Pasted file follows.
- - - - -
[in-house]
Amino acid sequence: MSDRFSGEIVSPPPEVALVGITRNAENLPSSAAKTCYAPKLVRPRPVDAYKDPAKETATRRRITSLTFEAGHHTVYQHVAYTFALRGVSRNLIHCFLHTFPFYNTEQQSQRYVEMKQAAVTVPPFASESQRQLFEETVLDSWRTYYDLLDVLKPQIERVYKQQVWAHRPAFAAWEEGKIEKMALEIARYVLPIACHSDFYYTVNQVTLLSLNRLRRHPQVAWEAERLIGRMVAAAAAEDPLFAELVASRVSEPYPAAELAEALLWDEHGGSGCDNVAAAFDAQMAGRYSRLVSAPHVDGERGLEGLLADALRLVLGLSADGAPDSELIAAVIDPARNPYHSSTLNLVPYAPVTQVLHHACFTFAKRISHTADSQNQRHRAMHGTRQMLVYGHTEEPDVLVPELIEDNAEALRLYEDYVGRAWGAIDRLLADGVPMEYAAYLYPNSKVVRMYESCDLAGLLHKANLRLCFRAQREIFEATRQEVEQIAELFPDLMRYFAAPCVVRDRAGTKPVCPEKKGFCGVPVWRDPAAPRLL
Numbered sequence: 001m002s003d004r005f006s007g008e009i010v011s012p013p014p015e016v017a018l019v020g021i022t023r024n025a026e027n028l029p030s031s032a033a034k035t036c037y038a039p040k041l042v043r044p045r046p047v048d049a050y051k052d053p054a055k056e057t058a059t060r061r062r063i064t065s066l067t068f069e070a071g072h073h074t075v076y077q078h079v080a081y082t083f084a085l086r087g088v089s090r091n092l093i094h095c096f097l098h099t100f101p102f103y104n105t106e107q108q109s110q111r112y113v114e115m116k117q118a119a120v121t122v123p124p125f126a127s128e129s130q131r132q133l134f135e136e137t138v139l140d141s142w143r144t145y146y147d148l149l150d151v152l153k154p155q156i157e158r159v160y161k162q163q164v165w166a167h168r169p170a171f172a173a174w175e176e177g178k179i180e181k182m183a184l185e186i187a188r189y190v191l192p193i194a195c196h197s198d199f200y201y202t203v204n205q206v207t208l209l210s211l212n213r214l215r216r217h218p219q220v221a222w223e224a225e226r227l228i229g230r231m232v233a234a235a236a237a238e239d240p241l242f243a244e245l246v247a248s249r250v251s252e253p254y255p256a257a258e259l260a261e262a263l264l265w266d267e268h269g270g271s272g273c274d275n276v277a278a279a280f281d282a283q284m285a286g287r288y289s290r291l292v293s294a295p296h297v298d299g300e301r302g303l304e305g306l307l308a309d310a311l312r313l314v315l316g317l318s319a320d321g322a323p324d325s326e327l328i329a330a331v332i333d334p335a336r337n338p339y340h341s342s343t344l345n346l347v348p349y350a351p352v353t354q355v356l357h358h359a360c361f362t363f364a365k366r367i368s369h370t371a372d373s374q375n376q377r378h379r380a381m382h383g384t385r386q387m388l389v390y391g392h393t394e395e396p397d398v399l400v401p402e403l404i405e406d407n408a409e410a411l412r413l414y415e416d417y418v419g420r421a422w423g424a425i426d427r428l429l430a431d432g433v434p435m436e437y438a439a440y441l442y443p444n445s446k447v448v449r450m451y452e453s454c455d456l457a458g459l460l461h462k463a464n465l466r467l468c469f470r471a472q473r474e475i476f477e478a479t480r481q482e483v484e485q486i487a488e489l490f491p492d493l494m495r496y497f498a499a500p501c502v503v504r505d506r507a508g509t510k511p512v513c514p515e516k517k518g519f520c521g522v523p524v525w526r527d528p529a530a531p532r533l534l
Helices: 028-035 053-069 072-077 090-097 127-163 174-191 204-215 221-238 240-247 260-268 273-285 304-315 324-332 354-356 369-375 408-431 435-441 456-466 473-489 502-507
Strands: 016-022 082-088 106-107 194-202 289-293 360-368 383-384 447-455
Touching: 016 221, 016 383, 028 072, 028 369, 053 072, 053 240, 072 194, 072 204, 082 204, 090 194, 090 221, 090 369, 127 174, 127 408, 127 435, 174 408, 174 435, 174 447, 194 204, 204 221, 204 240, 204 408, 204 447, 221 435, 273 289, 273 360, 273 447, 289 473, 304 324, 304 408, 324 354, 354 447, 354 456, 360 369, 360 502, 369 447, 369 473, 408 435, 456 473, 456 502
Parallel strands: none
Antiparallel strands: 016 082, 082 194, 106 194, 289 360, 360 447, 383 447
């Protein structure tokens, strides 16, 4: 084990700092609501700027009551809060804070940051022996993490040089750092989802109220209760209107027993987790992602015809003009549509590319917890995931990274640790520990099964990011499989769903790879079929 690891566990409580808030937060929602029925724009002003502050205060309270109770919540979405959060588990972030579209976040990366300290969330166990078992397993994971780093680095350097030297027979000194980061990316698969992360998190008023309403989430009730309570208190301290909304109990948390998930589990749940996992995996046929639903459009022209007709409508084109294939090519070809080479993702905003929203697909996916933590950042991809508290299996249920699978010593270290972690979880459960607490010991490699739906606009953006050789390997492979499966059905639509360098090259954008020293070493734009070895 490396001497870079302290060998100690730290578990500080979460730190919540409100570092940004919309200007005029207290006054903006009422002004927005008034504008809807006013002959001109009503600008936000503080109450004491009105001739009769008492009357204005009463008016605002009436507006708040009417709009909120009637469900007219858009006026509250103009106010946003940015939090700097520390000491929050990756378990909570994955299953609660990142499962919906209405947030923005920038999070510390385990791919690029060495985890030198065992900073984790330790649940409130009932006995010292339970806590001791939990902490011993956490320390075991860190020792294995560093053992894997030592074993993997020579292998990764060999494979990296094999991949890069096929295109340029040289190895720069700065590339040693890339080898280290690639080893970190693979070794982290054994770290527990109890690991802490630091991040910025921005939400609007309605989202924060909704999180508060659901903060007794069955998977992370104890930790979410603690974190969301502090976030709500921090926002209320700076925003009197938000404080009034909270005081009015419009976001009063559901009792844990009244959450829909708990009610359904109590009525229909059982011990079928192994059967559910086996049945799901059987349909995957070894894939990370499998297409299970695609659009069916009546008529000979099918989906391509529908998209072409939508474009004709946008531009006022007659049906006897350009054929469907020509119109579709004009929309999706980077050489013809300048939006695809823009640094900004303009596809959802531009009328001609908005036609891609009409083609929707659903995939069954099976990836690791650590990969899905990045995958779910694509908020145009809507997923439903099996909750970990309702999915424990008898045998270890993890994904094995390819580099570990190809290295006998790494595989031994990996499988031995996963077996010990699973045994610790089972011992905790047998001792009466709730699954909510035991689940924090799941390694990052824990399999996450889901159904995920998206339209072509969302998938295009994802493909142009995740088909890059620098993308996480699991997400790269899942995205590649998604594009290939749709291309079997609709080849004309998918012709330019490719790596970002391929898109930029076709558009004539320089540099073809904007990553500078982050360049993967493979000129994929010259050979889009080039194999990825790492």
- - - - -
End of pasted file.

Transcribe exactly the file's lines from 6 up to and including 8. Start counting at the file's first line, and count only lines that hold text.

Touching: 016 221, 016 383, 028 072, 028 369, 053 072, 053 240, 072 194, 072 204, 082 204, 090 194, 090 221, 090 369, 127 174, 127 408, 127 435, 174 408, 174 435, 174 447, 194 204, 204 221, 204 240, 204 408, 204 447, 221 435, 273 289, 273 360, 273 447, 289 473, 304 324, 304 408, 324 354, 354 447, 354 456, 360 369, 360 502, 369 447, 369 473, 408 435, 456 473, 456 502
Parallel strands: none
Antiparallel strands: 016 082, 082 194, 106 194, 289 360, 360 447, 383 447